Australia’s biggest ever ICO – the crypto exchange Synthetix – lost, then recovered, a billion dollars worth of synthetic tokens due to an Oracle pricing error yesterday.
The platform has since resumed trading after the incident in which 37 million synthetic Korean Won was lost in several trades that netted a bot owner profits of 1000x.
The error was caused by an API reporting the price of the Korean Won at 1000 times the actual price, after the exchange’s price oracle got confused by an “earlier unrelated outage which had not been caught by our exception reporting.”
“There are currently a number of trading bots actively trading on Synthetix.exchange using different strategies, one of these bots was able to detect this price error and exploit it to trade into and out of sKRW during the window where the API was incorrectly reporting the price,” said founder Kain Warwick.
Warwick, who is also the CEO and Co-founder of Blueshyft, added, “This resulted in several trades with profits of 1000x, resulting in over $1b in profit in less than an hour.”
Blueshyft allows customers to purchase cryptocurrencies on exchanges like CoinSpot and BinanceLite over the counter at over 1300 retailers across Australia.
Fortunately, the story has a happy ending:
“No funds were lost, the owner of the bot who exploited the issue agreed to reverse the trades,” Warwick said.
“He was unaware of the issue (his bot was fully automated) until after the news broke. He reached out on Reddit once he knew and we negotiated a bounty for reversing the trades.
“His goal was to build a profitable bot and he wanted to make sure the profit he had made up to that point, about 30k, was safe. So we paid him a bounty for reversing the trade, since his bot was the only one that was able to exploit the oracle defect.”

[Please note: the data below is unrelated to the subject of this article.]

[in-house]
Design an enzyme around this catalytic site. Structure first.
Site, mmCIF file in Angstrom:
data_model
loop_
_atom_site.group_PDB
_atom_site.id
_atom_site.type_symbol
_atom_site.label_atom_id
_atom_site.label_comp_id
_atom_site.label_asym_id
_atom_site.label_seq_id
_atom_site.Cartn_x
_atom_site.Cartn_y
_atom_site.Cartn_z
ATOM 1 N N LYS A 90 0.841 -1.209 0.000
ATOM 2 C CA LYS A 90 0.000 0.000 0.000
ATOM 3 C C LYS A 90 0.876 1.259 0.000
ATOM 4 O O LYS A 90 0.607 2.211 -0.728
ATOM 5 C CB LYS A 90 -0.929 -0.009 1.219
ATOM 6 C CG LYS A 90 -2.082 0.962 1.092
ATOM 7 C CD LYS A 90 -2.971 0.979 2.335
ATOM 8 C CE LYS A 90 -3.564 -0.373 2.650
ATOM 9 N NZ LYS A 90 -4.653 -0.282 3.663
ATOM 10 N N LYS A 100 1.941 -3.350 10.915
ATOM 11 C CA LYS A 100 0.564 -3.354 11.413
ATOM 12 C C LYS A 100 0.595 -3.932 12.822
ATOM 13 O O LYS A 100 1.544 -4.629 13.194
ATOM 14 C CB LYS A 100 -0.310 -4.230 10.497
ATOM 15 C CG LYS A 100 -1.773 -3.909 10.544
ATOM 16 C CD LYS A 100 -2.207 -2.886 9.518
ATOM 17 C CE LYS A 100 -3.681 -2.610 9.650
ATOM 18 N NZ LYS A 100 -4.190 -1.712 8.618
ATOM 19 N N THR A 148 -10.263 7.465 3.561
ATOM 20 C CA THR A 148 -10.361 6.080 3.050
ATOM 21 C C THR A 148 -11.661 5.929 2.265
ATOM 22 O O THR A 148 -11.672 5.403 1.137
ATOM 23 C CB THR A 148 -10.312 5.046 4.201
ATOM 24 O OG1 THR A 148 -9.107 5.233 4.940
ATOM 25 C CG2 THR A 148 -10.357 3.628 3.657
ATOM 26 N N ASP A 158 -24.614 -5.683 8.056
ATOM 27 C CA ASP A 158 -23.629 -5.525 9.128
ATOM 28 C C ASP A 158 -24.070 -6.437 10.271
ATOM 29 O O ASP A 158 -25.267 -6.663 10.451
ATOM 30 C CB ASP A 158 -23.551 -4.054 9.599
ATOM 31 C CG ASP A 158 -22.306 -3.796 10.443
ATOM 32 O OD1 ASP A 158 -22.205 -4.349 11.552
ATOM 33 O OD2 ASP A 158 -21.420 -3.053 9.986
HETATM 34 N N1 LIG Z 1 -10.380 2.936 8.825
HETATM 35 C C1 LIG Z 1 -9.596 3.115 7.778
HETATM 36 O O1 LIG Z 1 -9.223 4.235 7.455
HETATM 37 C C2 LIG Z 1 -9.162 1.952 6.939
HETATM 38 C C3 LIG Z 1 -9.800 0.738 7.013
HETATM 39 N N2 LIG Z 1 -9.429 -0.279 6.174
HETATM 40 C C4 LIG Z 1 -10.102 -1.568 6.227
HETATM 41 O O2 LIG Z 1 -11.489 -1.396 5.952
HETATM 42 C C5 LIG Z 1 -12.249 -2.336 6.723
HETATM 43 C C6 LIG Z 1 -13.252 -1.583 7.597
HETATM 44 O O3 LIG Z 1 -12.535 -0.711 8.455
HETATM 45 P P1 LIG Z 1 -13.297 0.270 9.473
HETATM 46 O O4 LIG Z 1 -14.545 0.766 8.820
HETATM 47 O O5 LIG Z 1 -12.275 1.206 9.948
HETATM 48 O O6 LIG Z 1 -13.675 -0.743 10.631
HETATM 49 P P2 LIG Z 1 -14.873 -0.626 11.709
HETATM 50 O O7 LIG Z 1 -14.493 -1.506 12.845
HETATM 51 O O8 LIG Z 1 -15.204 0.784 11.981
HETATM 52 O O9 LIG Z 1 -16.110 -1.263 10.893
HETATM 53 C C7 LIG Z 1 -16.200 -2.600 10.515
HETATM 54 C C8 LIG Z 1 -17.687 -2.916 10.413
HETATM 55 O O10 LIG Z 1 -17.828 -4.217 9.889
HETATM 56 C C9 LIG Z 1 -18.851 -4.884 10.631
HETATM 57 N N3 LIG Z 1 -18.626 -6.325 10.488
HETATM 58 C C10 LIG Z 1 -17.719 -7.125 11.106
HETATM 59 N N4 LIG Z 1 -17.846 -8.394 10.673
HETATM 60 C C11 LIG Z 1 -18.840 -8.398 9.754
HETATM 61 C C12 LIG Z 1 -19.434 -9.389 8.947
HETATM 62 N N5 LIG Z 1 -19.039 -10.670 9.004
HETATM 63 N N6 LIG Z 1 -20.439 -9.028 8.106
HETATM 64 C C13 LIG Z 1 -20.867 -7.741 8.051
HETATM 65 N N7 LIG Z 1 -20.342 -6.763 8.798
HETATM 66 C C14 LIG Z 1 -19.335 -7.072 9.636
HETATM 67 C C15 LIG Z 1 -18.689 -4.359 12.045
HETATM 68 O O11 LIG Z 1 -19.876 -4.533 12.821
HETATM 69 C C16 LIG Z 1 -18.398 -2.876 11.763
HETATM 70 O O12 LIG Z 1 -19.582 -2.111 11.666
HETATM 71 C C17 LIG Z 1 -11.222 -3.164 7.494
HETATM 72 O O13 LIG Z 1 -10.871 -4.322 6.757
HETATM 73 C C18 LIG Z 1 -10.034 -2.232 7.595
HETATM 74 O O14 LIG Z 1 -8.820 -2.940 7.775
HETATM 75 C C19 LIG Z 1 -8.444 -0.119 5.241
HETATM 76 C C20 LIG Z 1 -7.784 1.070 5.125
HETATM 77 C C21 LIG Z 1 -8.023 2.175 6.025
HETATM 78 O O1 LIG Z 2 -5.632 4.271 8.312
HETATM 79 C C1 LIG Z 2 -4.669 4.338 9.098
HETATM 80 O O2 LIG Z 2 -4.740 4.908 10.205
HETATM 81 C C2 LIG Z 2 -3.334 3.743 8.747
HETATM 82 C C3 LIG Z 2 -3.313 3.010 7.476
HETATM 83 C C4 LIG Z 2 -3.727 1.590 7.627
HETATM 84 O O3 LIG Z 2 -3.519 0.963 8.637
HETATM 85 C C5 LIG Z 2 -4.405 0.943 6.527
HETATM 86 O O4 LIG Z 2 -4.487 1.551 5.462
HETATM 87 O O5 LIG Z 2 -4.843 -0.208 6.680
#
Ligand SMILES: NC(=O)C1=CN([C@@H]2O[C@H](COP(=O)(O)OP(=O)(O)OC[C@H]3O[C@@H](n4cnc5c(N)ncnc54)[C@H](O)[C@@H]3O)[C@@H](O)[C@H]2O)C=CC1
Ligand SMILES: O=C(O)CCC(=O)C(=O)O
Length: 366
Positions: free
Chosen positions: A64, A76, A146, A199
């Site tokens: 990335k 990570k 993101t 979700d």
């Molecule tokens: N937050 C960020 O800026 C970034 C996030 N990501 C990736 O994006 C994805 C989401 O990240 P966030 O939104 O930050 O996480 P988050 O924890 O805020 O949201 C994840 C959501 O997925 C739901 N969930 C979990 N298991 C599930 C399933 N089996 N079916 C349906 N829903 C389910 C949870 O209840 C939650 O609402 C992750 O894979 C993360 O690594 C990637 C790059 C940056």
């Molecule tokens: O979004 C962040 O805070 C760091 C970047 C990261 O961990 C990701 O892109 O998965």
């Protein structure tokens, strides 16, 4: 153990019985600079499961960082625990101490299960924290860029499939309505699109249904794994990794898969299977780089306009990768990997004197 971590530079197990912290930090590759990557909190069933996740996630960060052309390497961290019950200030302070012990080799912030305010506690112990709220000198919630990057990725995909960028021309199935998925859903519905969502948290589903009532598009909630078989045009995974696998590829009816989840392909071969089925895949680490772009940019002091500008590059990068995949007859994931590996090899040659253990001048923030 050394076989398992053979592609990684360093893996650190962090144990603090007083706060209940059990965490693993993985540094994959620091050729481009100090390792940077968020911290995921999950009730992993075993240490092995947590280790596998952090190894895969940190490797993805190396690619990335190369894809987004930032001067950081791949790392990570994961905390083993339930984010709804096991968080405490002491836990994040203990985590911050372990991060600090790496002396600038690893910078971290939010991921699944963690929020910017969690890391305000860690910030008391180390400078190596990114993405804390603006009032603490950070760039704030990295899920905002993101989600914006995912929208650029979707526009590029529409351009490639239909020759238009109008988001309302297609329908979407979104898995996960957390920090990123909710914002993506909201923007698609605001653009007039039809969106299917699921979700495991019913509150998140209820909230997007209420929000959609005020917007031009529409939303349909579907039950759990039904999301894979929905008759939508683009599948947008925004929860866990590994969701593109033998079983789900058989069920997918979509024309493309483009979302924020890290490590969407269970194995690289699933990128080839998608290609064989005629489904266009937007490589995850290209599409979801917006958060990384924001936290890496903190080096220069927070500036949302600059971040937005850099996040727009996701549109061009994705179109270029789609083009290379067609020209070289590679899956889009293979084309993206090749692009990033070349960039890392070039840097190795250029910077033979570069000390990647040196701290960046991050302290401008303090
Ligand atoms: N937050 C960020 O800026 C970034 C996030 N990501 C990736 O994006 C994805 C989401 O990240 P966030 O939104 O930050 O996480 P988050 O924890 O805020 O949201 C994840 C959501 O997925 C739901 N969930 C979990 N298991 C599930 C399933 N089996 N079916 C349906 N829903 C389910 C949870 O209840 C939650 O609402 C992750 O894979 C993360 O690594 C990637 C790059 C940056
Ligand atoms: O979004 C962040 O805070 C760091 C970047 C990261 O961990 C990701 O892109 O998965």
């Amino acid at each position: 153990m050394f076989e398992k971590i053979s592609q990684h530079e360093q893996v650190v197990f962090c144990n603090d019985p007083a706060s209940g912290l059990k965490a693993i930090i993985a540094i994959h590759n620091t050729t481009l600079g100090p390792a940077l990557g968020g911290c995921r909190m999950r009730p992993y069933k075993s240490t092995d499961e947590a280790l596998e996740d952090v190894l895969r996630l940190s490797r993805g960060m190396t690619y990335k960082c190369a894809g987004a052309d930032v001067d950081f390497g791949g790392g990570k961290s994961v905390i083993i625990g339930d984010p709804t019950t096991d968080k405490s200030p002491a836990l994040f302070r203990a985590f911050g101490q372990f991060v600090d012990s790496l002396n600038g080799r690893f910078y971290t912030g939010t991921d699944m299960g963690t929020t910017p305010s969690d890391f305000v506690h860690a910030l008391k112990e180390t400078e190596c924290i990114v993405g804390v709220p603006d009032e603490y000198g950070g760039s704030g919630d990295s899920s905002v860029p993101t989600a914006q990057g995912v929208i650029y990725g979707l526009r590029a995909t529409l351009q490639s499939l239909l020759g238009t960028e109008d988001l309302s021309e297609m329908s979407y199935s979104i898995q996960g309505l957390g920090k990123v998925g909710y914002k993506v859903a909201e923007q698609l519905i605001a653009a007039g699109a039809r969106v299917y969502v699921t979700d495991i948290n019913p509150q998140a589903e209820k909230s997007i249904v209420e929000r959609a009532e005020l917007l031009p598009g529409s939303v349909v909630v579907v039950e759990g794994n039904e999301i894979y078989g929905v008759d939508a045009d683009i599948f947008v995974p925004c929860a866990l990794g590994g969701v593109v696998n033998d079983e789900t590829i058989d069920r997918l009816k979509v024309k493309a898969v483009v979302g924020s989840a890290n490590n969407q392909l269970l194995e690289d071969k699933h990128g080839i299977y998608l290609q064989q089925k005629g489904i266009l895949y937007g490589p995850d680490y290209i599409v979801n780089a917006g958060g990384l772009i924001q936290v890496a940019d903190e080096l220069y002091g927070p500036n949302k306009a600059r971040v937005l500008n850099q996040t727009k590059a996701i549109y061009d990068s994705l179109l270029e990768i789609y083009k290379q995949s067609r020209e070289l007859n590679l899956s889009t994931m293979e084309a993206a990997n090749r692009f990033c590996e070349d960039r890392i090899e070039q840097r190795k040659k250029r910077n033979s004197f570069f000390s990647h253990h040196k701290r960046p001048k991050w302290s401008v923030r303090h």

Although it sounds bad, it’d be almost impossible to sell 37 million sKRW as Synthetix is pretty much the only place that trades in the token.
For the uninitiated, Synthetix is an Ethereum dApp platform trading in ‘synthetic’ tokens – which are tied to the price of a crypto asset but don’t actually convey ownership.
The prices for the various synthetic assets are taken from an oracle, which is clearly a point of weakness when the oracle gets it wrong.
“We are very conscious of the challenges in using oracles for price feeds and we will continue to improve this and all other aspects of the Synthetix system.
“Chainlink is a key partner in our move towards a more robust and decentralised oracle, and we look forward to working closely with their team to improve our Oracle,” Warwick said.
The platform (formerly known as Havven) is still essentially in beta while it irons out the bugs in its incredibly complex system.
Despite negative coverage in CoinTelegraph, CoinDesk, and The Block, the reaction among members of its Discord community was fairly muted – with many praising the transparent approach of Warwick and the team to identifying and rectifying the problem.
The general consensus was that any publicity was good publicity for the platform.
Synthetix critic Teo Leibowitz from The Block – who earlier this month published an article suggesting the platform’s design exposed holders to significant risk – said the very deficiencies he’d identified had saved holders for loss. (Warwick’s rebuttal is here).
“The irony of this situation is that the currently suboptimal design of the Synthetix platform makes it actually very difficult to realize gains from this kind of attack,” said Leibowitz.
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